Health Law



HIPAA, HITECH and Health Information Technology Blog

William Maruca, Michael Kline and Elizabeth Litten maintain a blog that provides information regarding current legal and practical issues that health care providers and business must consider with regard to the exchange of health information, including the use of electronic health records (EHR). The HIPAA Privacy Rule and Security Rule requirements are among the legal standards with which there must be compliance when utilizing EHR, as well as sharing and exchanging health information in general. This blog also considers possible solutions to maneuver the legal and other barriers to establishing an EHR system and infrastructures for the beneficial exchange of health information.

View the HIPAA, HITECH and Health Information Technology Blog

Recent Blog Posts

  • The Blindfolded Business Associate: New HHS Guidance on HIPAA & Cloud Computing According to the latest HIPAA-related guidance (Guidance) published by the U.S. Department of Health and Human Services (HHS), a cloud service provider (CSP) maintaining a client’s protected health information (PHI) is a business associate even when the CSP can’t access or view the PHI. In other words, even where the PHI is encrypted and the CSP lacks the decryption key, the CSP is a business associate because it maintains the PHI and, therefore, has HIPAA-related obligations with respect to the... More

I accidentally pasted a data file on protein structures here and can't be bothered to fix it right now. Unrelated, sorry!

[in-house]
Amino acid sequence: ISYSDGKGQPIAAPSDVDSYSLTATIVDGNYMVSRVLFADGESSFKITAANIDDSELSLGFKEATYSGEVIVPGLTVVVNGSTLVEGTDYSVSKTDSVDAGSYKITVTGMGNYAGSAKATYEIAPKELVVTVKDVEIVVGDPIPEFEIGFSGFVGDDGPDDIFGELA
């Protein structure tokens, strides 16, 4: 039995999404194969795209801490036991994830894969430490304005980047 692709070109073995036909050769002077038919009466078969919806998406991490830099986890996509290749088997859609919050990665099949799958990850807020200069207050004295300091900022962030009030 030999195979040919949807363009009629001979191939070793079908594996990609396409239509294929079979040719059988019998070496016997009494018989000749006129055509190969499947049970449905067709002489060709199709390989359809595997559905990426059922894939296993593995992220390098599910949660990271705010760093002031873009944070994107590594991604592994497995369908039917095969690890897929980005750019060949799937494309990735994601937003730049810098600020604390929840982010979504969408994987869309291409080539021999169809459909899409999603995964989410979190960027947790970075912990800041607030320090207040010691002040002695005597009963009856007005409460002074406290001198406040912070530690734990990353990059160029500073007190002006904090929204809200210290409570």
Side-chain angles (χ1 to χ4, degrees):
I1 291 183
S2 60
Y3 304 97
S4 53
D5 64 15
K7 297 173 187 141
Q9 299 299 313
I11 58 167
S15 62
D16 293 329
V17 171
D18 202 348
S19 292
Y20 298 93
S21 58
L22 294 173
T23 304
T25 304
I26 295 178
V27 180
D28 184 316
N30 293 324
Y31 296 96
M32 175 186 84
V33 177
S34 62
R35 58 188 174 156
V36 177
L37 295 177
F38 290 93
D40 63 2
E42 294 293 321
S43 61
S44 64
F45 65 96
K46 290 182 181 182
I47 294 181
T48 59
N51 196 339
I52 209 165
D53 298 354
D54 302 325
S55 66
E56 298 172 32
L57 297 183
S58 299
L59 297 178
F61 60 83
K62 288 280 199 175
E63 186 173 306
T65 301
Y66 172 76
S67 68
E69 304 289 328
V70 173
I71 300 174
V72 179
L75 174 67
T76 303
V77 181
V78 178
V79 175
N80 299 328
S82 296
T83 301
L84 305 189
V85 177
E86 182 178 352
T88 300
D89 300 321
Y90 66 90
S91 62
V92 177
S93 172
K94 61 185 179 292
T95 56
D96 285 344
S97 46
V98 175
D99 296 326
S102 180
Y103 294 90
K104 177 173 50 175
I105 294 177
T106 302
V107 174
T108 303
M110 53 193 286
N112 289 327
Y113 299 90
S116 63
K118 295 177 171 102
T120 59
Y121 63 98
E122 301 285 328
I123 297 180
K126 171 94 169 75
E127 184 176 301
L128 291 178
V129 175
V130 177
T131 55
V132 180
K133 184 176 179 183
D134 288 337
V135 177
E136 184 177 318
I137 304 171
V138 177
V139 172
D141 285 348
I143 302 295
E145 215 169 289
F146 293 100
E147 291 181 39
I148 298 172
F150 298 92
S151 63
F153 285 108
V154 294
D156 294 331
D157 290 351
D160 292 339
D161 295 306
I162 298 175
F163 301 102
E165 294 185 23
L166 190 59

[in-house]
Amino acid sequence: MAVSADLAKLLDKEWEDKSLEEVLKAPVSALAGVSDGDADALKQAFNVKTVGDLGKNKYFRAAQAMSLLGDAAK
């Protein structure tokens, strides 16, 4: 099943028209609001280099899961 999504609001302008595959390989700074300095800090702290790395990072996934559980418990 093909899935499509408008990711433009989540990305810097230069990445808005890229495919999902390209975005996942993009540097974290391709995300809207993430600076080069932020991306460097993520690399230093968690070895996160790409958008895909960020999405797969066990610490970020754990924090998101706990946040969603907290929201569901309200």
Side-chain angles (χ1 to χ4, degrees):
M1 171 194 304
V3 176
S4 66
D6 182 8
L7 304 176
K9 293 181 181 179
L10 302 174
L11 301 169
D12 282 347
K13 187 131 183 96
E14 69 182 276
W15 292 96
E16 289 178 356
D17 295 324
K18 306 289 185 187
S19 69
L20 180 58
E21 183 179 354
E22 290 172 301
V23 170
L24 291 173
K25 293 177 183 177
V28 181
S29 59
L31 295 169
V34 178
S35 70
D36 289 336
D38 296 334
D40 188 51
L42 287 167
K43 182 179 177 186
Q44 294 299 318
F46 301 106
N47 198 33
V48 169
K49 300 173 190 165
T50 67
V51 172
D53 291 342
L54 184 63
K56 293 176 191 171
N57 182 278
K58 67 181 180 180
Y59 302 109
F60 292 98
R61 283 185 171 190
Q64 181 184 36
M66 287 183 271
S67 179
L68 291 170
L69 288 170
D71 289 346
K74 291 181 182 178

• Six Tips for a Small Business to Avoid HIPAA Security Breach Headaches Last week, I blogged about a recent U.S. Department of Health and Human Services Office of Civil Rights (OCR) announcement on its push to investigate smaller breaches (those involving fewer than 500 individuals).   The week before that, my partner and fellow blogger Michael Kline wrote about OCR’s guidance on responding to cybersecurity incidents.  Today, TechRepublic Staff Writer Alison DeNisco addresses how a small or medium sized business (MSB) can deal with the heightened threat of OCR investigations or lawsuits emanating... More
  • Small HIPAA Breaches, Big HIPAA Headaches What you might have thought was not a big breach (or a big deal in terms of HIPAA compliance), might end up being a big headache for covered entities and business associates. In fact, it’s probably a good idea to try to find out what “smaller” breaches your competitors are reporting (admittedly not an easy task, since the “Wall of Shame” only details breaches affecting the protected health information (PHI) of 500 or more individuals). Subscribers to the U.S. Department of... More
  • Eight Tips to Confront the New Initiative by HHS on PHI Security In a recent Guidance, the Office of Civil Rights of the U.S. Department of Health and Human Services (“OCR”) appears to have attempted to reverse an impression that its emphasis is more on privacy of protected health information (“PHI”) than on security of PHI. Its July 2016 article draws attention to the need by covered entities and business associates for equal attention to PHI security. Relative to this OCR initiative, our partner Elizabeth Litten and I were recently featured again by our good... More